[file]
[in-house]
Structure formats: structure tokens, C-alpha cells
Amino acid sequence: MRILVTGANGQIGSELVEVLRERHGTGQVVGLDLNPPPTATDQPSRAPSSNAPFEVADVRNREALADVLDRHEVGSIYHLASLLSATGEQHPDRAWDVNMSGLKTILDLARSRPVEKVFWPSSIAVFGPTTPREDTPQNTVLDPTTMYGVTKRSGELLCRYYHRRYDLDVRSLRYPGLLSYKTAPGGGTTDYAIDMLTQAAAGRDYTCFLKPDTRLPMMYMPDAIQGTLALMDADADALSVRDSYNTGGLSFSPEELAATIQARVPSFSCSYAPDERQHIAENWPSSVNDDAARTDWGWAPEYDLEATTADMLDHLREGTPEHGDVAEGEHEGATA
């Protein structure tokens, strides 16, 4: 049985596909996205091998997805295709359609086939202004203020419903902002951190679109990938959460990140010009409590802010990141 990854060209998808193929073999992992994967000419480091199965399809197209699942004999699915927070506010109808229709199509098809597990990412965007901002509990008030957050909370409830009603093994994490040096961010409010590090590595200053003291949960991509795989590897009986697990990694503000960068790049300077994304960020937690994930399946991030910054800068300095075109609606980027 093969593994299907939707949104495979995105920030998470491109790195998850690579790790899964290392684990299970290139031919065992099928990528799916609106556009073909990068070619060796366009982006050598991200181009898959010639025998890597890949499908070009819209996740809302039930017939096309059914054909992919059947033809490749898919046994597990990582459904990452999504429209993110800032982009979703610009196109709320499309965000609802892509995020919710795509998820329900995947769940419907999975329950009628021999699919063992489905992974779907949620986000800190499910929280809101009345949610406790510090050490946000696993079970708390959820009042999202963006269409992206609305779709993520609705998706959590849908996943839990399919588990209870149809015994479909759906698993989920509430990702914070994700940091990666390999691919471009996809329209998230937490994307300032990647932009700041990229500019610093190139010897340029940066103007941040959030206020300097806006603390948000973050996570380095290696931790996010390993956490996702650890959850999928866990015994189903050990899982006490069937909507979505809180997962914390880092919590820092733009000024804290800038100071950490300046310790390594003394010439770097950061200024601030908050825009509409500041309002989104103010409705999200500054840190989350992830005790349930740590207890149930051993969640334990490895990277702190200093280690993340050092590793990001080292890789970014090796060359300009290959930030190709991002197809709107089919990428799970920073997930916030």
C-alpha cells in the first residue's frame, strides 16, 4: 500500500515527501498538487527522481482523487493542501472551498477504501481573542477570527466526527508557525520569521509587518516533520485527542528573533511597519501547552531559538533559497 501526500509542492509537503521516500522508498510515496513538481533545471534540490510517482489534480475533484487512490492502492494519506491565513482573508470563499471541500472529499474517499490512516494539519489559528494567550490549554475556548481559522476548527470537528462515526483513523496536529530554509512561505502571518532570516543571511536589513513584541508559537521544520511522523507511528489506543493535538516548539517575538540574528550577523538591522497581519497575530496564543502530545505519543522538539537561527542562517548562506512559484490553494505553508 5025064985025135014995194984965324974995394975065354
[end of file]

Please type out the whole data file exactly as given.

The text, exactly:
[in-house]
Structure formats: structure tokens, C-alpha cells
Amino acid sequence: MRILVTGANGQIGSELVEVLRERHGTGQVVGLDLNPPPTATDQPSRAPSSNAPFEVADVRNREALADVLDRHEVGSIYHLASLLSATGEQHPDRAWDVNMSGLKTILDLARSRPVEKVFWPSSIAVFGPTTPREDTPQNTVLDPTTMYGVTKRSGELLCRYYHRRYDLDVRSLRYPGLLSYKTAPGGGTTDYAIDMLTQAAAGRDYTCFLKPDTRLPMMYMPDAIQGTLALMDADADALSVRDSYNTGGLSFSPEELAATIQARVPSFSCSYAPDERQHIAENWPSSVNDDAARTDWGWAPEYDLEATTADMLDHLREGTPEHGDVAEGEHEGATA
């Protein structure tokens, strides 16, 4: 049985596909996205091998997805295709359609086939202004203020419903902002951190679109990938959460990140010009409590802010990141 990854060209998808193929073999992992994967000419480091199965399809197209699942004999699915927070506010109808229709199509098809597990990412965007901002509990008030957050909370409830009603093994994490040096961010409010590090590595200053003291949960991509795989590897009986697990990694503000960068790049300077994304960020937690994930399946991030910054800068300095075109609606980027 093969593994299907939707949104495979995105920030998470491109790195998850690579790790899964290392684990299970290139031919065992099928990528799916609106556009073909990068070619060796366009982006050598991200181009898959010639025998890597890949499908070009819209996740809302039930017939096309059914054909992919059947033809490749898919046994597990990582459904990452999504429209993110800032982009979703610009196109709320499309965000609802892509995020919710795509998820329900995947769940419907999975329950009628021999699919063992489905992974779907949620986000800190499910929280809101009345949610406790510090050490946000696993079970708390959820009042999202963006269409992206609305779709993520609705998706959590849908996943839990399919588990209870149809015994479909759906698993989920509430990702914070994700940091990666390999691919471009996809329209998230937490994307300032990647932009700041990229500019610093190139010897340029940066103007941040959030206020300097806006603390948000973050996570380095290696931790996010390993956490996702650890959850999928866990015994189903050990899982006490069937909507979505809180997962914390880092919590820092733009000024804290800038100071950490300046310790390594003394010439770097950061200024601030908050825009509409500041309002989104103010409705999200500054840190989350992830005790349930740590207890149930051993969640334990490895990277702190200093280690993340050092590793990001080292890789970014090796060359300009290959930030190709991002197809709107089919990428799970920073997930916030």
C-alpha cells in the first residue's frame, strides 16, 4: 500500500515527501498538487527522481482523487493542501472551498477504501481573542477570527466526527508557525520569521509587518516533520485527542528573533511597519501547552531559538533559497 501526500509542492509537503521516500522508498510515496513538481533545471534540490510517482489534480475533484487512490492502492494519506491565513482573508470563499471541500472529499474517499490512516494539519489559528494567550490549554475556548481559522476548527470537528462515526483513523496536529530554509512561505502571518532570516543571511536589513513584541508559537521544520511522523507511528489506543493535538516548539517575538540574528550577523538591522497581519497575530496564543502530545505519543522538539537561527542562517548562506512559484490553494505553508 5025064985025135014995194984965324974995394975065354